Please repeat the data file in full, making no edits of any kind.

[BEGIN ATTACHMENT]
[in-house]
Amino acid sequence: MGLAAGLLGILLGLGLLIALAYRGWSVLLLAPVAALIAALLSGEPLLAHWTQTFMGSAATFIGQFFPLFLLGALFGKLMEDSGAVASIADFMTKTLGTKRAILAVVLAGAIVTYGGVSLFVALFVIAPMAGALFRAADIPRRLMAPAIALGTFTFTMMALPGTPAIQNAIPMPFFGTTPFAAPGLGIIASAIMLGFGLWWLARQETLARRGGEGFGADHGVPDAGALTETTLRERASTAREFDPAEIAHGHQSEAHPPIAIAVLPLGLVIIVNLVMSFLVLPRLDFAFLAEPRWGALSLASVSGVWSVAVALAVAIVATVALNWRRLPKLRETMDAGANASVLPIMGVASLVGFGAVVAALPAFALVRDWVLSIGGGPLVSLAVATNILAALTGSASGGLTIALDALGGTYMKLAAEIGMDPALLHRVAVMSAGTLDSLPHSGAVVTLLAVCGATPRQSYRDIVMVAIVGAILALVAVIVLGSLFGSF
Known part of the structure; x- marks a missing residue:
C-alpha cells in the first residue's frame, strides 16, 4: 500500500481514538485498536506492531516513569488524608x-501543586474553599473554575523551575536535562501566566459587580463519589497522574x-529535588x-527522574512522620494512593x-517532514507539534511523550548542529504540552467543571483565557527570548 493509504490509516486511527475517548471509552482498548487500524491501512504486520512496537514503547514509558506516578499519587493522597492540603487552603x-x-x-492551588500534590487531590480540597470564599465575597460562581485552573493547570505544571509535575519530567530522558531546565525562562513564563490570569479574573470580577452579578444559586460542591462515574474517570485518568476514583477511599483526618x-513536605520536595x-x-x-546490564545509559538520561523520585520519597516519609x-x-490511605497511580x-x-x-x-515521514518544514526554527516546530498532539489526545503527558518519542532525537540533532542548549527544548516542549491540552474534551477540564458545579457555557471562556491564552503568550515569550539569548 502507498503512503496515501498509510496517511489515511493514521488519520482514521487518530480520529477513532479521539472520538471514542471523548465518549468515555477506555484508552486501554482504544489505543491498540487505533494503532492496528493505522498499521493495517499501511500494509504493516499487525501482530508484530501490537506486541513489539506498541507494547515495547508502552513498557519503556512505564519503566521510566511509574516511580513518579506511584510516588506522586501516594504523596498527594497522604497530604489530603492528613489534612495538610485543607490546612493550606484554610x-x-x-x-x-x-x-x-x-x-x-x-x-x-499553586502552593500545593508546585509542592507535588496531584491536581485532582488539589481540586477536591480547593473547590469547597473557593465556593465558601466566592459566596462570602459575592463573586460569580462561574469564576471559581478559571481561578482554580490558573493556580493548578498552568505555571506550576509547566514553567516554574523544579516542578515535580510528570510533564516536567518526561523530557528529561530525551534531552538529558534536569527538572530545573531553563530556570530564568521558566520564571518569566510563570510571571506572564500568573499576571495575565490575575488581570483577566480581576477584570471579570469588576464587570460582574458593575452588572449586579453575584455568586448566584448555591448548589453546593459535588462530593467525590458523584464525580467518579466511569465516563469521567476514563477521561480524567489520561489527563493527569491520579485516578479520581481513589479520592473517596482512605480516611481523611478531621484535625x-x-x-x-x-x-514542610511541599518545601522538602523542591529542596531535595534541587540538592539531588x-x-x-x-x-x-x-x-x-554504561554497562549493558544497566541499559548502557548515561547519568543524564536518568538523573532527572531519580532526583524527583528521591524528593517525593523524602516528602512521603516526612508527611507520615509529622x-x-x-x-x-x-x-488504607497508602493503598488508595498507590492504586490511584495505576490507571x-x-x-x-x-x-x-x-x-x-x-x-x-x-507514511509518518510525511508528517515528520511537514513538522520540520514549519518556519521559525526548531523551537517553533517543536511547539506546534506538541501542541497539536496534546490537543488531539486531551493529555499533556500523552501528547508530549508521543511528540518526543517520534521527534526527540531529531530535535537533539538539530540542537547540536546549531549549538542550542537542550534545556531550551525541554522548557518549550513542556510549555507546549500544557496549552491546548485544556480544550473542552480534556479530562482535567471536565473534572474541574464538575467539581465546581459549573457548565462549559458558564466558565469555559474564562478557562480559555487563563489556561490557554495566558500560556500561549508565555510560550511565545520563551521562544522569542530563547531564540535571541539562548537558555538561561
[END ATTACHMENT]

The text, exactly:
[in-house]
Amino acid sequence: MGLAAGLLGILLGLGLLIALAYRGWSVLLLAPVAALIAALLSGEPLLAHWTQTFMGSAATFIGQFFPLFLLGALFGKLMEDSGAVASIADFMTKTLGTKRAILAVVLAGAIVTYGGVSLFVALFVIAPMAGALFRAADIPRRLMAPAIALGTFTFTMMALPGTPAIQNAIPMPFFGTTPFAAPGLGIIASAIMLGFGLWWLARQETLARRGGEGFGADHGVPDAGALTETTLRERASTAREFDPAEIAHGHQSEAHPPIAIAVLPLGLVIIVNLVMSFLVLPRLDFAFLAEPRWGALSLASVSGVWSVAVALAVAIVATVALNWRRLPKLRETMDAGANASVLPIMGVASLVGFGAVVAALPAFALVRDWVLSIGGGPLVSLAVATNILAALTGSASGGLTIALDALGGTYMKLAAEIGMDPALLHRVAVMSAGTLDSLPHSGAVVTLLAVCGATPRQSYRDIVMVAIVGAILALVAVIVLGSLFGSF
Known part of the structure; x- marks a missing residue:
C-alpha cells in the first residue's frame, strides 16, 4: 500500500481514538485498536506492531516513569488524608x-501543586474553599473554575523551575536535562501566566459587580463519589497522574x-529535588x-527522574512522620494512593x-517532514507539534511523550548542529504540552467543571483565557527570548 493509504490509516486511527475517548471509552482498548487500524491501512504486520512496537514503547514509558506516578499519587493522597492540603487552603x-x-x-492551588500534590487531590480540597470564599465575597460562581485552573493547570505544571509535575519530567530522558531546565525562562513564563490570569479574573470580577452579578444559586460542591462515574474517570485518568476514583477511599483526618x-513536605520536595x-x-x-546490564545509559538520561523520585520519597516519609x-x-490511605497511580x-x-x-x-515521514518544514526554527516546530498532539489526545503527558518519542532525537540533532542548549527544548516542549491540552474534551477540564458545579457555557471562556491564552503568550515569550539569548 502507498503512503496515501498509510496517511489515511493514521488519520482514521487518530480520529477513532479521539472520538471514542471523548465518549468515555477506555484508552486501554482504544489505543491498540487505533494503532492496528493505522498499521493495517499501511500494509504493516499487525501482530508484530501490537506486541513489539506498541507494547515495547508502552513498557519503556512505564519503566521510566511509574516511580513518579506511584510516588506522586501516594504523596498527594497522604497530604489530603492528613489534612495538610485543607490546612493550606484554610x-x-x-x-x-x-x-x-x-x-x-x-x-x-499553586502552593500545593508546585509542592507535588496531584491536581485532582488539589481540586477536591480547593473547590469547597473557593465556593465558601466566592459566596462570602459575592463573586460569580462561574469564576471559581478559571481561578482554580490558573493556580493548578498552568505555571506550576509547566514553567516554574523544579516542578515535580510528570510533564516536567518526561523530557528529561530525551534531552538529558534536569527538572530545573531553563530556570530564568521558566520564571518569566510563570510571571506572564500568573499576571495575565490575575488581570483577566480581576477584570471579570469588576464587570460582574458593575452588572449586579453575584455568586448566584448555591448548589453546593459535588462530593467525590458523584464525580467518579466511569465516563469521567476514563477521561480524567489520561489527563493527569491520579485516578479520581481513589479520592473517596482512605480516611481523611478531621484535625x-x-x-x-x-x-514542610511541599518545601522538602523542591529542596531535595534541587540538592539531588x-x-x-x-x-x-x-x-x-554504561554497562549493558544497566541499559548502557548515561547519568543524564536518568538523573532527572531519580532526583524527583528521591524528593517525593523524602516528602512521603516526612508527611507520615509529622x-x-x-x-x-x-x-488504607497508602493503598488508595498507590492504586490511584495505576490507571x-x-x-x-x-x-x-x-x-x-x-x-x-x-507514511509518518510525511508528517515528520511537514513538522520540520514549519518556519521559525526548531523551537517553533517543536511547539506546534506538541501542541497539536496534546490537543488531539486531551493529555499533556500523552501528547508530549508521543511528540518526543517520534521527534526527540531529531530535535537533539538539530540542537547540536546549531549549538542550542537542550534545556531550551525541554522548557518549550513542556510549555507546549500544557496549552491546548485544556480544550473542552480534556479530562482535567471536565473534572474541574464538575467539581465546581459549573457548565462549559458558564466558565469555559474564562478557562480559555487563563489556561490557554495566558500560556500561549508565555510560550511565545520563551521562544522569542530563547531564540535571541539562548537558555538561561